Department of Communicable Disease Surveillance & Control
Directorate General of Health Affairs Ministry of Health HQ, PO Box 393
PC 100, MUSCAT
Sultanate of Oman
Tel : + (968) 24601921/ 24607524
Fax : + (968) 24601832
Email : firstname.lastname@example.org
Review of achievements in the control of communicable diseases in Sultanate of Oman
As a result of all policy developments and activities of the Ministry of Health (MoH), communicable diseases burden in the community has dramatically declined in the past two decades.This review is not intended to describe individual health programs; their description can be found in other documents.
Among the very first health programs to belaunched in 1975 was "Malaria Eradication".This vertical program is managed independently by the Department of Malaria Eradication and has achieved remarkable success.
The "National Communicable Diseases Surveillance System (CDS)" was functional since 1987 and was further strengthened and formally launched in March 1991. A number of communicable diseases (today a total of forty) are under on-going surveillance. The EPI program was launched in 1981 and today has twelve antigensincluded in the childhood immunization programme. The effective implementationof the program hasmaintained the vaccine coverage continuously high since the late 80s resulting in decline in all vaccine preventable diseases (VPD). Since 1993, the Sultanate is free of poliomyelitis.The Sultanate is on the path to achieve measles/rubella and congenital rubella syndrome (CRS) elimination. ‘Zero’ status of Diphtheria was maintained since 1992 and neonatal tetanus eliminated since 1991.The achievements in the control of tuberculosis were remarkable. The "Tuberculosis Control Program" was launched in 1981. The success could be attributed to high vaccine coverage, implementation of DOTS, effective case defaulter retrieval system, prompt and extensive contact tracing, cross-indexing system and detailed epidemiological investigations for every tuberculosis case.The "Program of Control of Leprosy" achieved 100% coverage by Multi Drug Therapy (MDT). Leprosy is now no more considered as a public health problem in Oman.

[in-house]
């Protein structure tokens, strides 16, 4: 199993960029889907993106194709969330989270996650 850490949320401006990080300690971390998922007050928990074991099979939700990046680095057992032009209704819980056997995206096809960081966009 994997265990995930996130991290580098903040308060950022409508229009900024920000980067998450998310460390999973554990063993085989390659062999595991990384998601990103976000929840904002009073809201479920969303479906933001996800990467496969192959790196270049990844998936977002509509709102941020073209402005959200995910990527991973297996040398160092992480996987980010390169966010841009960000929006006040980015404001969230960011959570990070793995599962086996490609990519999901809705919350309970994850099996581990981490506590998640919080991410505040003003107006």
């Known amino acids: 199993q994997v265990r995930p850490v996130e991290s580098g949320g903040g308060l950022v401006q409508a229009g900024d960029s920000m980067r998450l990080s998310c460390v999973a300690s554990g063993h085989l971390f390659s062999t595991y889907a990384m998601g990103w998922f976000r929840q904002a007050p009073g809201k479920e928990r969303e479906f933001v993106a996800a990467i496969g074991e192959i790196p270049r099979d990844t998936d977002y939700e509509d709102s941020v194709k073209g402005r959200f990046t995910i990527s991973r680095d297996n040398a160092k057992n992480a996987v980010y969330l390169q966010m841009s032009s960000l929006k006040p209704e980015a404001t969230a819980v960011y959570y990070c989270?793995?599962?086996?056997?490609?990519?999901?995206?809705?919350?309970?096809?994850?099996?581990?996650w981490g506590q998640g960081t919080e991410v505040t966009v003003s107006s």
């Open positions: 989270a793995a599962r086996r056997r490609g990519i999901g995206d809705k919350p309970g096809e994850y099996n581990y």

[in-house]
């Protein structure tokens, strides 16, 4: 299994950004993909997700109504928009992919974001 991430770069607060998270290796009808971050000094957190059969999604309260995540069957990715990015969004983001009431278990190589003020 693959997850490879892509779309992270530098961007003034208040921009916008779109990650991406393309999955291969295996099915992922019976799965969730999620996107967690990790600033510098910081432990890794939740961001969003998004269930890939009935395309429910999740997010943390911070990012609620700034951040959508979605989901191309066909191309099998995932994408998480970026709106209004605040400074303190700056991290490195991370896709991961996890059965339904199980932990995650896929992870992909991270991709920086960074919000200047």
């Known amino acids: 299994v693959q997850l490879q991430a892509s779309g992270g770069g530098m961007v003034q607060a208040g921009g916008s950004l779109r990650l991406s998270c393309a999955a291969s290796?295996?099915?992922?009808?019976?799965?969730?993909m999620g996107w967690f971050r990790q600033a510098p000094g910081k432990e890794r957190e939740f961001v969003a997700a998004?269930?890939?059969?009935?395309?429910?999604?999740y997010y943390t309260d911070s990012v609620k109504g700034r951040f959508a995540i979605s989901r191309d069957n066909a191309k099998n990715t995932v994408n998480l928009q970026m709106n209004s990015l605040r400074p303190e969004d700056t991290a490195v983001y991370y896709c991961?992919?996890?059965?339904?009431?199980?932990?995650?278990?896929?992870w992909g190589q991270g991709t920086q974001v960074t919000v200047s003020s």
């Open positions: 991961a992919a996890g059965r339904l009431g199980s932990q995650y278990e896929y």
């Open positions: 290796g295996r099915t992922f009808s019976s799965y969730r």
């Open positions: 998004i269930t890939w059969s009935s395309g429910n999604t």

The achievements in child health could be clearly appreciated if Infant Mortality Rate (IMR) and Under 5 Mortality Rate (U5MR) are compared. IMR declined from 118 in early 70s to 10.2 in 2010while U5MR declined from 181 to 12.3 per 1000 live births during the same period.
The zoonotic (animal-to-human) communicable diseases of importance in Oman are Leishmaniasis, Brucellosis and Rabies. The first human case of rabies was reported in 1990 following a fox bite. Sylvatic rabies is endemic in red foxes (Vulpusvulpus). Strict guidelines of post-exposure therapy (PET) with anti-rabies vaccine and immunoglobulin was established for animal bite cases. As a result the human rabies incidence is relatively rare in Oman. Last case was reported in 2003 from Dhofar. Leishmaniasis (visceral and cutaneous) shows indigenous low level of transmission in Oman in Sharqiyah and Dhofar Governorates.Brucellosis is also a public health problem in Dhofar.
The MoH initiated number of activities to address the threat of emerging infectious diseases due to population mobility, ecological imbalance, urbanization and industrialization, inappropriate use of antibiotics/insecticides, globalization of food supplies etc. In order to strengthen capabilities nationally and at the regional level the epidemic preparedness plans were developed for early detection and control of communicable outbreaks.
The Sultanate of Oman is witnessing an epidemiological shift in disease pattern.The communicable diseases have declined to low levels and the non-communicable diseases have started to emerge as priority due to demographic changes as a result of increased life expectancy and changes in the life style that have accompanied the economic developments in the country.